Mr. Speaker, could you imagine borrowing money and paying almost 600% annualized, over the course of a year? To me, it’s astonishing. When we look at small loans that you or I or many members of the Legislature or people in Ontario could go out and actually capture—can actually go out and get loans—they’re paying 3% to 5% on a personal loan and maybe 6% or 7% on a credit card; mortgages are at an all-time low at 2% or 3%. A credit card, which is considered the most extreme form of credit in some cases, is 20% or 21% at the higher end. I was reading a little earlier today that if you go and pawn something, it’s capped at 60%. But here we are in Ontario and Canada, where you look across the country and it is up to 600% that these payday loan operations can charge. To me, that is unacceptable, and we need to make some changes.


That’s why we’re proposing this piece of legislation to make those changes. I know that it will give, if passed, the minister the ability to use regulation to put caps in place. There’s going to be a public consultation that will take place in order to figure out what the right type of number is.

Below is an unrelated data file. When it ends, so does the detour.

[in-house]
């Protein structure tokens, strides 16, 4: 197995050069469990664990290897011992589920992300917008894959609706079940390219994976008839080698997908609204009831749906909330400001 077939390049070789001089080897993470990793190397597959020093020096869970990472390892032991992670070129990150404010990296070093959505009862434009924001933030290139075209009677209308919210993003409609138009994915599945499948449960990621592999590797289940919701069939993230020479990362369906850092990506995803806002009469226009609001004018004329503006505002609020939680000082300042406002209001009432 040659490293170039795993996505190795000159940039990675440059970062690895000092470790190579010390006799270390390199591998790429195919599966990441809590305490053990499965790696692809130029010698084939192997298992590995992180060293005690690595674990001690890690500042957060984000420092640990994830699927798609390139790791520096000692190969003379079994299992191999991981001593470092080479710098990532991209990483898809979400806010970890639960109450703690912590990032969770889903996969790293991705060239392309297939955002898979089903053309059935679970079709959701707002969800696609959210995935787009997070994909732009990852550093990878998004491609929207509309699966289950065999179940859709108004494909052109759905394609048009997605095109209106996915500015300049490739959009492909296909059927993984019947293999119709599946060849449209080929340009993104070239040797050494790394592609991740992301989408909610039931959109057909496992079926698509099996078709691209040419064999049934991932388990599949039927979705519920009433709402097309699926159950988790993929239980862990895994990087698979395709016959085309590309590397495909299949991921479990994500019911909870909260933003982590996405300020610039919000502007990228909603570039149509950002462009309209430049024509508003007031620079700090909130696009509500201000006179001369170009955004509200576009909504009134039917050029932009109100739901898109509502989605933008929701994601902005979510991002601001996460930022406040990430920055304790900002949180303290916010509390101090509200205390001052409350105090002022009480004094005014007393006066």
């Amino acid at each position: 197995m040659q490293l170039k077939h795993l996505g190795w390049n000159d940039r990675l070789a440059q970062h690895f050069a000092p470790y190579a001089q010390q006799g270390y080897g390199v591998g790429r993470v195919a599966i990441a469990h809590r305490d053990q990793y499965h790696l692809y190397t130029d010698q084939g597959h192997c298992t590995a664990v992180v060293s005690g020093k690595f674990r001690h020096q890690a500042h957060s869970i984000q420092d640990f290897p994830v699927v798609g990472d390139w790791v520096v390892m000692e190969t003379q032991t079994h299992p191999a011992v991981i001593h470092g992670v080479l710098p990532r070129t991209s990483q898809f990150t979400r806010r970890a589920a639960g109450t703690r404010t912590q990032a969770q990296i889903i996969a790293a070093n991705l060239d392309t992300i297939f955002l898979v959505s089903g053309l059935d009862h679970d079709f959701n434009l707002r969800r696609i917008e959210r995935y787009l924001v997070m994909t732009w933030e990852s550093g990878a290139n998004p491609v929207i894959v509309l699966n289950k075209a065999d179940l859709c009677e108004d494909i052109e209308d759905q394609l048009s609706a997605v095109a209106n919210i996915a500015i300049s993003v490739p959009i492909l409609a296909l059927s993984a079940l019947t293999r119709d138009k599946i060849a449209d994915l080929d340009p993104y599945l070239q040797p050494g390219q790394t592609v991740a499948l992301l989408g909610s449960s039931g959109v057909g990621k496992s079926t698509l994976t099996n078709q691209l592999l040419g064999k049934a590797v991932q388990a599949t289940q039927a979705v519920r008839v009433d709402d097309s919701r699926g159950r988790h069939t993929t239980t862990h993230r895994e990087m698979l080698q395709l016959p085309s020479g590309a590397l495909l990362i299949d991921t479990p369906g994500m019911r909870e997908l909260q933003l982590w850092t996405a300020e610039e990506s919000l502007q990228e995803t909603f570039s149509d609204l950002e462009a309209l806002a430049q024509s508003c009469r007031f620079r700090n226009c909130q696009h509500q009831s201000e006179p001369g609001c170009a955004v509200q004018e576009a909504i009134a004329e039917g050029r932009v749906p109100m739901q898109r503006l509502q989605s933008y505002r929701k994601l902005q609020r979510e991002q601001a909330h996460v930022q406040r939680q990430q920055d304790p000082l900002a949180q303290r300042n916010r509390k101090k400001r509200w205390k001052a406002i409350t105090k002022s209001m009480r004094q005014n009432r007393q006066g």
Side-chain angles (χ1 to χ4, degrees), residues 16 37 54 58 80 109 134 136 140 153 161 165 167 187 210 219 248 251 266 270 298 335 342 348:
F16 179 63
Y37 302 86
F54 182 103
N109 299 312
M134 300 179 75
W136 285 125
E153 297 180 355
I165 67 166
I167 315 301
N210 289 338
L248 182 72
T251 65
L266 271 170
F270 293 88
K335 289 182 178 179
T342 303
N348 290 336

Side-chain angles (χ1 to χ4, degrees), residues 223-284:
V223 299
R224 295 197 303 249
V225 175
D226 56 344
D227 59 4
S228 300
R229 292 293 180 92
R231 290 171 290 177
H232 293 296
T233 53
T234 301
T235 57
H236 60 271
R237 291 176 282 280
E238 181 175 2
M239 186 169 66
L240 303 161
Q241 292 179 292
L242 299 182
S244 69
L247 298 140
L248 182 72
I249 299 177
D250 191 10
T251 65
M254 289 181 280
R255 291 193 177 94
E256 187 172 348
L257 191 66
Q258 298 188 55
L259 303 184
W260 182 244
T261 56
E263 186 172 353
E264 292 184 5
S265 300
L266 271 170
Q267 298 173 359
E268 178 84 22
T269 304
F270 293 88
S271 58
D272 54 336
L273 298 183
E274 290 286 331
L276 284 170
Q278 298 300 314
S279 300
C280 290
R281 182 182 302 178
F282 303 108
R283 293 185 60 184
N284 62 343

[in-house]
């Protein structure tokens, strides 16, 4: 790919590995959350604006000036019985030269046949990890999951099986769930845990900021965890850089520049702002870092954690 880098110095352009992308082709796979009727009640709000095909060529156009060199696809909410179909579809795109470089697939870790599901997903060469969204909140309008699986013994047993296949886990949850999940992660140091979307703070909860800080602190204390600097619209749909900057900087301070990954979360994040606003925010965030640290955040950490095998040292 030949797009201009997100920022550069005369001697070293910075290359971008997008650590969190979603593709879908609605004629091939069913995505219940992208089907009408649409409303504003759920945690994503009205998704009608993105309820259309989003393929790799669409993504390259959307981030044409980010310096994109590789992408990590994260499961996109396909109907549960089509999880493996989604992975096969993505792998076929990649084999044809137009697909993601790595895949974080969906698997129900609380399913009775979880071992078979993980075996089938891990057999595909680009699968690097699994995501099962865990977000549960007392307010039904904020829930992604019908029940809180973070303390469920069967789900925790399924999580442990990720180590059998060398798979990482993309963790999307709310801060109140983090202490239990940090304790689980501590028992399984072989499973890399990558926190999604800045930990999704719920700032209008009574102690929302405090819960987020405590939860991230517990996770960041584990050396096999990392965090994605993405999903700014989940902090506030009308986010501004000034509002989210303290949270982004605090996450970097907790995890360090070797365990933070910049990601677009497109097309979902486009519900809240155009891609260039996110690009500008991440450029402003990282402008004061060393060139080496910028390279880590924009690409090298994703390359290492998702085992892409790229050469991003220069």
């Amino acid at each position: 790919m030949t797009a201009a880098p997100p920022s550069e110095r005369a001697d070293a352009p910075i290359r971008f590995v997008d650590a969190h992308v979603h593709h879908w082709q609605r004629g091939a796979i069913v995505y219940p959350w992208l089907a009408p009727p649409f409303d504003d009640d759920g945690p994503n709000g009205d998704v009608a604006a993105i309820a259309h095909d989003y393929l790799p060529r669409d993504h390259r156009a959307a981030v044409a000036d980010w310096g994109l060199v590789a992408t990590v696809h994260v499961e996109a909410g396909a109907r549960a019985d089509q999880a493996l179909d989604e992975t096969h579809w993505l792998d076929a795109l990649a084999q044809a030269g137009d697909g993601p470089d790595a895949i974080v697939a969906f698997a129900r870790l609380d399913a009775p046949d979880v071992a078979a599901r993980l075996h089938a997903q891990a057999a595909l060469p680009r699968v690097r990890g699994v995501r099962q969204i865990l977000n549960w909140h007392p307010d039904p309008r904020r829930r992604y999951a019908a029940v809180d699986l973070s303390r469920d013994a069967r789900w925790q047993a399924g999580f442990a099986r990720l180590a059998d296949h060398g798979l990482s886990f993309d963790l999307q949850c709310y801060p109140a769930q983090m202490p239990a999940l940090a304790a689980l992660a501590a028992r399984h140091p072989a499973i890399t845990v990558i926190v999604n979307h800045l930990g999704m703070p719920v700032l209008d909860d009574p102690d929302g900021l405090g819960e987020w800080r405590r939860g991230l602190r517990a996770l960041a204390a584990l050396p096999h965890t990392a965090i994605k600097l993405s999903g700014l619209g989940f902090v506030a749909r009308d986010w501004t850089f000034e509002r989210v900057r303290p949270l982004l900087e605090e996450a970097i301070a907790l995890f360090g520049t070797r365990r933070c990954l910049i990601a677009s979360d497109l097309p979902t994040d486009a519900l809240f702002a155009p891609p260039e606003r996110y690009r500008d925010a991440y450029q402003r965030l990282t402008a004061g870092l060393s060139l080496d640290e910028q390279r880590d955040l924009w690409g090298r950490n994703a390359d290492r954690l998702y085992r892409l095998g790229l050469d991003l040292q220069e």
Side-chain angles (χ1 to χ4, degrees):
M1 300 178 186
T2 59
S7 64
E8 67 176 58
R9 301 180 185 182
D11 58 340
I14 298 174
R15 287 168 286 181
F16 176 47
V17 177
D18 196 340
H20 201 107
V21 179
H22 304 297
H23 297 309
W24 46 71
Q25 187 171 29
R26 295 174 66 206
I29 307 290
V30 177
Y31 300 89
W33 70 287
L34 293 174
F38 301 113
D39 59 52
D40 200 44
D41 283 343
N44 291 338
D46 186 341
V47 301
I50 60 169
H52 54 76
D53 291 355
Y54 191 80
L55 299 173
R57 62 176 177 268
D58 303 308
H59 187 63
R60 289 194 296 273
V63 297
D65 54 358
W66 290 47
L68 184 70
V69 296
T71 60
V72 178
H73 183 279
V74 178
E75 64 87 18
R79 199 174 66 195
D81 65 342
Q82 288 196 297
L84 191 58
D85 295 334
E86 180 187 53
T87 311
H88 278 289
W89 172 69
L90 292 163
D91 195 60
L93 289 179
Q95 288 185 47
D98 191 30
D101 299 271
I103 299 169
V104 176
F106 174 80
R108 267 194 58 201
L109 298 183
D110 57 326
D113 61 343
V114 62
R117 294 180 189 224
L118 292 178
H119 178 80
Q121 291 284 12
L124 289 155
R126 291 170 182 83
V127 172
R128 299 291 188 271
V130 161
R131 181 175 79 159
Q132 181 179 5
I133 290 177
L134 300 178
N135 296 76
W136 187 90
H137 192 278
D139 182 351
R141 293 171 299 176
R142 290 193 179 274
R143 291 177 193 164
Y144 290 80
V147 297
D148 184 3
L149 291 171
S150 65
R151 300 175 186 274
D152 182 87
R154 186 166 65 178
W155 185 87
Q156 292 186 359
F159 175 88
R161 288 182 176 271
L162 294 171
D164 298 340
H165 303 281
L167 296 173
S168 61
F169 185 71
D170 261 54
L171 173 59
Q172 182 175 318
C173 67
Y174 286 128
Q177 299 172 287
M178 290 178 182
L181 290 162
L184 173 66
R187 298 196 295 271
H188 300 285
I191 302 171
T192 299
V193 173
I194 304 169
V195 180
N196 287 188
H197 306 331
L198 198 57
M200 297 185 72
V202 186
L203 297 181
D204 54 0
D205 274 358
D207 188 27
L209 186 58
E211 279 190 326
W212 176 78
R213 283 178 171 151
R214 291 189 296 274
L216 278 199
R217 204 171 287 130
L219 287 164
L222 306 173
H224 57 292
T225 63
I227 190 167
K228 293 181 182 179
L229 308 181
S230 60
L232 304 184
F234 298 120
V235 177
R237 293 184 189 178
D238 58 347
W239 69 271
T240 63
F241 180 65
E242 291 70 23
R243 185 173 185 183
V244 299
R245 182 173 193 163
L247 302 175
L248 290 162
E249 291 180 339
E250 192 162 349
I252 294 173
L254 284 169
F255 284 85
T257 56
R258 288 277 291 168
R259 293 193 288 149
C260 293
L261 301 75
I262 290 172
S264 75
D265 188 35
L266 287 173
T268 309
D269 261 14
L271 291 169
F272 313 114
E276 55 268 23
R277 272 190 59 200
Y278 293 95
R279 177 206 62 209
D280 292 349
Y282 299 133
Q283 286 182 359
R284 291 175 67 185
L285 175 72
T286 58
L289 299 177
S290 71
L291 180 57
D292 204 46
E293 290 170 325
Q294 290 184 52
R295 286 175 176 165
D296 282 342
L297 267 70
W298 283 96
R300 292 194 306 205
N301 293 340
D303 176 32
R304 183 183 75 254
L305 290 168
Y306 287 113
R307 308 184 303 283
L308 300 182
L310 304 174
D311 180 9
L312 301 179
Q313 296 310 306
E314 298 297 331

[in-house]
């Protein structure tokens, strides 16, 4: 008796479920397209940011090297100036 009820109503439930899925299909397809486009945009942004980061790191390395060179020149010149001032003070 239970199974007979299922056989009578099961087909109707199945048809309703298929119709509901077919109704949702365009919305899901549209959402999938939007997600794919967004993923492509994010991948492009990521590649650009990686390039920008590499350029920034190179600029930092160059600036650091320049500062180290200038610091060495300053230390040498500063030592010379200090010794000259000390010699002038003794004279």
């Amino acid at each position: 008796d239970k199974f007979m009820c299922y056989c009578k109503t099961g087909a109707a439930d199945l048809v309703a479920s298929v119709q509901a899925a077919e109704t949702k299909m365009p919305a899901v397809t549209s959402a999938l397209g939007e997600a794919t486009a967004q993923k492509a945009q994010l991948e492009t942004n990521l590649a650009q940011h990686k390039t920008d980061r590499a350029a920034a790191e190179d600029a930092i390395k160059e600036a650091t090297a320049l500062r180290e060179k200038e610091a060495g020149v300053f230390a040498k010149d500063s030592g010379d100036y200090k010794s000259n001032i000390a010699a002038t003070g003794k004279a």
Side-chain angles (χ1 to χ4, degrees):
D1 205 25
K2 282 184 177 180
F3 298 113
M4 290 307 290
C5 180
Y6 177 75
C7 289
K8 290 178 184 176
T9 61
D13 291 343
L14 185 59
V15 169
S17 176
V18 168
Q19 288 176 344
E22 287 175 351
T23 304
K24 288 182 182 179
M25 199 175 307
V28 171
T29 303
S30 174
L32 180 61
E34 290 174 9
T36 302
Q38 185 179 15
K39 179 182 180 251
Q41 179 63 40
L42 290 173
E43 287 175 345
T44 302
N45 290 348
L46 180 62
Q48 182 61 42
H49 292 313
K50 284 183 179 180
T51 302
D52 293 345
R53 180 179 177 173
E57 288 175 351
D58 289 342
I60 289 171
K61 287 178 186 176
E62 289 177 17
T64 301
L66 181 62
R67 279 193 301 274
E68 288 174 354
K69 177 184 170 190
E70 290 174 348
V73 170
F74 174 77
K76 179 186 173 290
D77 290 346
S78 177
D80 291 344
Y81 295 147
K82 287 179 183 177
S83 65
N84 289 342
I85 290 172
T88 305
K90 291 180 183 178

I’ve also noticed that we’re not the only jurisdiction that’s thinking about changes. I know that, in Alberta, there have been some changes. I know that there have been discussions even in municipalities here in Ontario. Ottawa currently has a discussion taking place on the licensing of these types of financial institutions. So it’s not only a conversation that’s taking place in Ontario; it’s a conversation that’s taking place throughout Canada and also in our local municipalities.